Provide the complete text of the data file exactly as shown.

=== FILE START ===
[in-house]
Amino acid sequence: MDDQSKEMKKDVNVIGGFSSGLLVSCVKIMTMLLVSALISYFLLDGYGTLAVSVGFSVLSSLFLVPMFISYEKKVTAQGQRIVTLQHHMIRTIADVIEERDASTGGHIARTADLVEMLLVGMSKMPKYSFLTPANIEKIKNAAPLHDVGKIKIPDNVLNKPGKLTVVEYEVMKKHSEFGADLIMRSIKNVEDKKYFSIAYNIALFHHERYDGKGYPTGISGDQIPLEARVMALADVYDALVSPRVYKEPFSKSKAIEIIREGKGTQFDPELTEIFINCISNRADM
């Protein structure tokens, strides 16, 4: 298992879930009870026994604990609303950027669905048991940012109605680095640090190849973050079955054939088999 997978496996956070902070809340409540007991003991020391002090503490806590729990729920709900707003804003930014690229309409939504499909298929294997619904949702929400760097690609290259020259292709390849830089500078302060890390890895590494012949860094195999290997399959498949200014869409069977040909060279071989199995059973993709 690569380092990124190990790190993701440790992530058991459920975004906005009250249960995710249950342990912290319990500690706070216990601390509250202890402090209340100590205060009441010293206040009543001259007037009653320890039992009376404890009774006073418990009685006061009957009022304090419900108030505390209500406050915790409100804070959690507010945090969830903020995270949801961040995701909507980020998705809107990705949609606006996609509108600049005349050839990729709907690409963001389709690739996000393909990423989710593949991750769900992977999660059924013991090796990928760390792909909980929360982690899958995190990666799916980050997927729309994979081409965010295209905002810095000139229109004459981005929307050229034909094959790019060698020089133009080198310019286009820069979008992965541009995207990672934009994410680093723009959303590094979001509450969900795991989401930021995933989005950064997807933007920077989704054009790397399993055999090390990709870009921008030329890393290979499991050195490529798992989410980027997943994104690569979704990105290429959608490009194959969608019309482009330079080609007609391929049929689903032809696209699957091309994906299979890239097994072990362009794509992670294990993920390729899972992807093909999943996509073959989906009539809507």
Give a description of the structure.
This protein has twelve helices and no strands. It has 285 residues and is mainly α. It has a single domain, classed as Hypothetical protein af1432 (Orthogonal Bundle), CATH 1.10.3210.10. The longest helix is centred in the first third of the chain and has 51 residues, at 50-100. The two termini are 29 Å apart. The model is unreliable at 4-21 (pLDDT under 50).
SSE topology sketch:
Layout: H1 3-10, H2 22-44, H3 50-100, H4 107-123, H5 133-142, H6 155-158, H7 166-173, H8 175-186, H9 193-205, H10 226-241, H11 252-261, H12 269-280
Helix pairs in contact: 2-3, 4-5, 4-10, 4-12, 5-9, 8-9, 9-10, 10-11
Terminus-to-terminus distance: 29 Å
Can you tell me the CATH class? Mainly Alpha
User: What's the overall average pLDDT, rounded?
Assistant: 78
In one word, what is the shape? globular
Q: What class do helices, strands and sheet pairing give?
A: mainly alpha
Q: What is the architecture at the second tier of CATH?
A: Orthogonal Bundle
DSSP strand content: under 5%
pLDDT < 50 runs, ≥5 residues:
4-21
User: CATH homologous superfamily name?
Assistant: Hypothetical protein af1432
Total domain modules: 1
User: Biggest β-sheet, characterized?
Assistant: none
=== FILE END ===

[in-house]
Amino acid sequence: MDDQSKEMKKDVNVIGGFSSGLLVSCVKIMTMLLVSALISYFLLDGYGTLAVSVGFSVLSSLFLVPMFISYEKKVTAQGQRIVTLQHHMIRTIADVIEERDASTGGHIARTADLVEMLLVGMSKMPKYSFLTPANIEKIKNAAPLHDVGKIKIPDNVLNKPGKLTVVEYEVMKKHSEFGADLIMRSIKNVEDKKYFSIAYNIALFHHERYDGKGYPTGISGDQIPLEARVMALADVYDALVSPRVYKEPFSKSKAIEIIREGKGTQFDPELTEIFINCISNRADM
């Protein structure tokens, strides 16, 4: 298992879930009870026994604990609303950027669905048991940012109605680095640090190849973050079955054939088999 997978496996956070902070809340409540007991003991020391002090503490806590729990729920709900707003804003930014690229309409939504499909298929294997619904949702929400760097690609290259020259292709390849830089500078302060890390890895590494012949860094195999290997399959498949200014869409069977040909060279071989199995059973993709 690569380092990124190990790190993701440790992530058991459920975004906005009250249960995710249950342990912290319990500690706070216990601390509250202890402090209340100590205060009441010293206040009543001259007037009653320890039992009376404890009774006073418990009685006061009957009022304090419900108030505390209500406050915790409100804070959690507010945090969830903020995270949801961040995701909507980020998705809107990705949609606006996609509108600049005349050839990729709907690409963001389709690739996000393909990423989710593949991750769900992977999660059924013991090796990928760390792909909980929360982690899958995190990666799916980050997927729309994979081409965010295209905002810095000139229109004459981005929307050229034909094959790019060698020089133009080198310019286009820069979008992965541009995207990672934009994410680093723009959303590094979001509450969900795991989401930021995933989005950064997807933007920077989704054009790397399993055999090390990709870009921008030329890393290979499991050195490529798992989410980027997943994104690569979704990105290429959608490009194959969608019309482009330079080609007609391929049929689903032809696209699957091309994906299979890239097994072990362009794509992670294990993920390729899972992807093909999943996509073959989906009539809507």
Give a description of the structure.
This protein has twelve helices and no strands. It has 285 residues and is mainly α. It has a single domain, classed as Hypothetical protein af1432 (Orthogonal Bundle), CATH 1.10.3210.10. The longest helix is centred in the first third of the chain and has 51 residues, at 50-100. The two termini are 29 Å apart. The model is unreliable at 4-21 (pLDDT under 50).
SSE topology sketch:
Layout: H1 3-10, H2 22-44, H3 50-100, H4 107-123, H5 133-142, H6 155-158, H7 166-173, H8 175-186, H9 193-205, H10 226-241, H11 252-261, H12 269-280
Helix pairs in contact: 2-3, 4-5, 4-10, 4-12, 5-9, 8-9, 9-10, 10-11
Terminus-to-terminus distance: 29 Å
Can you tell me the CATH class? Mainly Alpha
User: What's the overall average pLDDT, rounded?
Assistant: 78
In one word, what is the shape? globular
Q: What class do helices, strands and sheet pairing give?
A: mainly alpha
Q: What is the architecture at the second tier of CATH?
A: Orthogonal Bundle
DSSP strand content: under 5%
pLDDT < 50 runs, ≥5 residues:
4-21
User: CATH homologous superfamily name?
Assistant: Hypothetical protein af1432
Total domain modules: 1
User: Biggest β-sheet, characterized?
Assistant: none